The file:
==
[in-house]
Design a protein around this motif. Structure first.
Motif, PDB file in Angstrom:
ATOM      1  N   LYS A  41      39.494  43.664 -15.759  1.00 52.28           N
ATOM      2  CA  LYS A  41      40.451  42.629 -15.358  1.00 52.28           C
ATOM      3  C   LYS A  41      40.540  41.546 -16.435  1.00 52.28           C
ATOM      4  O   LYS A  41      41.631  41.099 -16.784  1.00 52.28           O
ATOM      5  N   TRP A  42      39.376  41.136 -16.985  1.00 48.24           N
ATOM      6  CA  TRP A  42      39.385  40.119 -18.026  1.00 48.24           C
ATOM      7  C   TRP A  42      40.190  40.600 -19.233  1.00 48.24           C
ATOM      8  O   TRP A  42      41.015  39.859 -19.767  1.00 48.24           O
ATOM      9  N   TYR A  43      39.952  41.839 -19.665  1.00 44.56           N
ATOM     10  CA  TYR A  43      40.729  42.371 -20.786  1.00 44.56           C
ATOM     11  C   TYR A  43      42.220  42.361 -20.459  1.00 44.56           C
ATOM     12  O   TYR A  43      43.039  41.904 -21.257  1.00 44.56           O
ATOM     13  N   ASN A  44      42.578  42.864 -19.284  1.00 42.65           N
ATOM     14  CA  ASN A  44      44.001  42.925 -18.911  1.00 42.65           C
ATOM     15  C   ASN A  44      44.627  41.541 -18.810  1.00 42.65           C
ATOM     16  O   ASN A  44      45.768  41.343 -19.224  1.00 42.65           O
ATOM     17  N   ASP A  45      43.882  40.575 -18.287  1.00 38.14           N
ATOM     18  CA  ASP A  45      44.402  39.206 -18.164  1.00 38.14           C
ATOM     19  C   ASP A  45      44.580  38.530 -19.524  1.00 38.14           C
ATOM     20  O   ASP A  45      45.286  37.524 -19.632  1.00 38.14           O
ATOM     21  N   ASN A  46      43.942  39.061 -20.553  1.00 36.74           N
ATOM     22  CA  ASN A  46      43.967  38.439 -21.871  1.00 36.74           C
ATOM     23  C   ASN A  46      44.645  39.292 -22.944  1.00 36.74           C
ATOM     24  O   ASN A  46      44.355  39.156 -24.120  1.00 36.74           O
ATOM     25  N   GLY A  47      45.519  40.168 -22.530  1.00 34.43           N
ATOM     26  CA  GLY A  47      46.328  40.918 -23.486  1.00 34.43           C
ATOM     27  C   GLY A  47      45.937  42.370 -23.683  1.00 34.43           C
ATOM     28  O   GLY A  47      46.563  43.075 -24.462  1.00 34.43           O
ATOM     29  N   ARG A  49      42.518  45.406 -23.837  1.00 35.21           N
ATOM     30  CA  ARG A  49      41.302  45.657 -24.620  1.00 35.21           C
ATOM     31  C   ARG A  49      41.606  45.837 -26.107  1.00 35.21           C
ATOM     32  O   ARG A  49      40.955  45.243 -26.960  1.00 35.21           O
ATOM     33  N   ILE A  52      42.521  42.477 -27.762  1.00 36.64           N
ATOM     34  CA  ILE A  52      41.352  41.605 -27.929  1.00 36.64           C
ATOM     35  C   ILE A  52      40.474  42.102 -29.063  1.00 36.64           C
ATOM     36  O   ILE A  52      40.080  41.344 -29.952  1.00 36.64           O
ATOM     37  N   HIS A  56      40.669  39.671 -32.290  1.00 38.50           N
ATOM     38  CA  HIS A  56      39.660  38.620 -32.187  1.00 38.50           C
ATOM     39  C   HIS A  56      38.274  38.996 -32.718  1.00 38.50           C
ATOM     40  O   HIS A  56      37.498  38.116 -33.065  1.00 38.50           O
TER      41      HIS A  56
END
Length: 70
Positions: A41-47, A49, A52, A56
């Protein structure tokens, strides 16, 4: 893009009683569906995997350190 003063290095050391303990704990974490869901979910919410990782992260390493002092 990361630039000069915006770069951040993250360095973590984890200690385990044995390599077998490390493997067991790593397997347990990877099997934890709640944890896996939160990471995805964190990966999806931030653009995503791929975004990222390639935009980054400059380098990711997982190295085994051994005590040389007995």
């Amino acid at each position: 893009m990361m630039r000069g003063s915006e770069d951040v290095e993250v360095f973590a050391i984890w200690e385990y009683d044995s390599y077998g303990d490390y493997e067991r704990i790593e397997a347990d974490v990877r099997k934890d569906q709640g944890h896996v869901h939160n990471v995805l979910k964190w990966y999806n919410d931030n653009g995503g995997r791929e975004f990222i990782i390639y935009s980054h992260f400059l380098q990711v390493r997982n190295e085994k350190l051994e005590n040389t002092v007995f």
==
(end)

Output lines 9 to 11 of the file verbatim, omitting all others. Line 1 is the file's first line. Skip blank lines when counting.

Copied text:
ATOM      6  CA  TRP A  42      39.385  40.119 -18.026  1.00 48.24           C
ATOM      7  C   TRP A  42      40.190  40.600 -19.233  1.00 48.24           C
ATOM      8  O   TRP A  42      41.015  39.859 -19.767  1.00 48.24           O